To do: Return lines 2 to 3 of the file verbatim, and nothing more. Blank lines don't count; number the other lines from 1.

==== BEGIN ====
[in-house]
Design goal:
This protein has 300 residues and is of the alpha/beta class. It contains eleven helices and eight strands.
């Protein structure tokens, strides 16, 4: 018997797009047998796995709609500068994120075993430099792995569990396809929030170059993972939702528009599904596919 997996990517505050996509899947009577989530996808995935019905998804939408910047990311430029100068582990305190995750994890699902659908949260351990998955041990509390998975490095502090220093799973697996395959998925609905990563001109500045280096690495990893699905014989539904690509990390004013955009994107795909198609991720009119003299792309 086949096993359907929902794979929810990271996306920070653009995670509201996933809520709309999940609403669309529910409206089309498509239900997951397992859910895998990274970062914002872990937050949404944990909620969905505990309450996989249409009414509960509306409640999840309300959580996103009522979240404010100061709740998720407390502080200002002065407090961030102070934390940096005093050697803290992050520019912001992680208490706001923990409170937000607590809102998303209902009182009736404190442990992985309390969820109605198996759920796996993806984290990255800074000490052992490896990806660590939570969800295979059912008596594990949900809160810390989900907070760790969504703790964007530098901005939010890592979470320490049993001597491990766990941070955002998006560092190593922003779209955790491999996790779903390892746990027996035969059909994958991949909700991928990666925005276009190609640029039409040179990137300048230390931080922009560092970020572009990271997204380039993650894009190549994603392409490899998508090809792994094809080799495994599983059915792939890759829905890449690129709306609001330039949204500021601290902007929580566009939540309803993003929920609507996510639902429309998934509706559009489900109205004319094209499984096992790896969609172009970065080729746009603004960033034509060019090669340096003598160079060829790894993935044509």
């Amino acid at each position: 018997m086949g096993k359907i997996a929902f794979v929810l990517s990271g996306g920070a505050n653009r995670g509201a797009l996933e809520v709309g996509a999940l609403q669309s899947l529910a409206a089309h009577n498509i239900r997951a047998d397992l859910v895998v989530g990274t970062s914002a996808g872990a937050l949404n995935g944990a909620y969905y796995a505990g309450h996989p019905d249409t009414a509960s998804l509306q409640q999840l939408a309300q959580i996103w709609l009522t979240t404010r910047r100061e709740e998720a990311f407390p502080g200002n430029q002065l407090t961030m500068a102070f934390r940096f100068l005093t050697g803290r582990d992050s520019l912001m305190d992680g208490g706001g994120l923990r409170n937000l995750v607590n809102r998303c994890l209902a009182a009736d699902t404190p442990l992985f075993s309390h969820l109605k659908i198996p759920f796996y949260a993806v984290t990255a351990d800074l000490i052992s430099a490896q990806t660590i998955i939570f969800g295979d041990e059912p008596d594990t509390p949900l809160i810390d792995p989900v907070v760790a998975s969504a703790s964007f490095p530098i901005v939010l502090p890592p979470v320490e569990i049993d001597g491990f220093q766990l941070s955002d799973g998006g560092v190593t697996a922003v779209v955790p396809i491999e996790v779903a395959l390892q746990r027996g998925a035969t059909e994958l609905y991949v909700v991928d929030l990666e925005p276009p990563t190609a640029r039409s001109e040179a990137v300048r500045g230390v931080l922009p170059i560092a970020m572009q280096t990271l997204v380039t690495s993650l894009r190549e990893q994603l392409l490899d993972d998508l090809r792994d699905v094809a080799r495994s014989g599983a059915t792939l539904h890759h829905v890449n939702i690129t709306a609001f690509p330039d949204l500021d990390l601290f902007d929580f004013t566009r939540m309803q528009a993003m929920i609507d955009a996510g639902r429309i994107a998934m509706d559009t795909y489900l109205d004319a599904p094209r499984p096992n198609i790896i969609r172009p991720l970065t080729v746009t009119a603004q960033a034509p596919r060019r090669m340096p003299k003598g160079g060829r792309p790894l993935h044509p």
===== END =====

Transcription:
Design goal:
This protein has 300 residues and is of the alpha/beta class. It contains eleven helices and eight strands.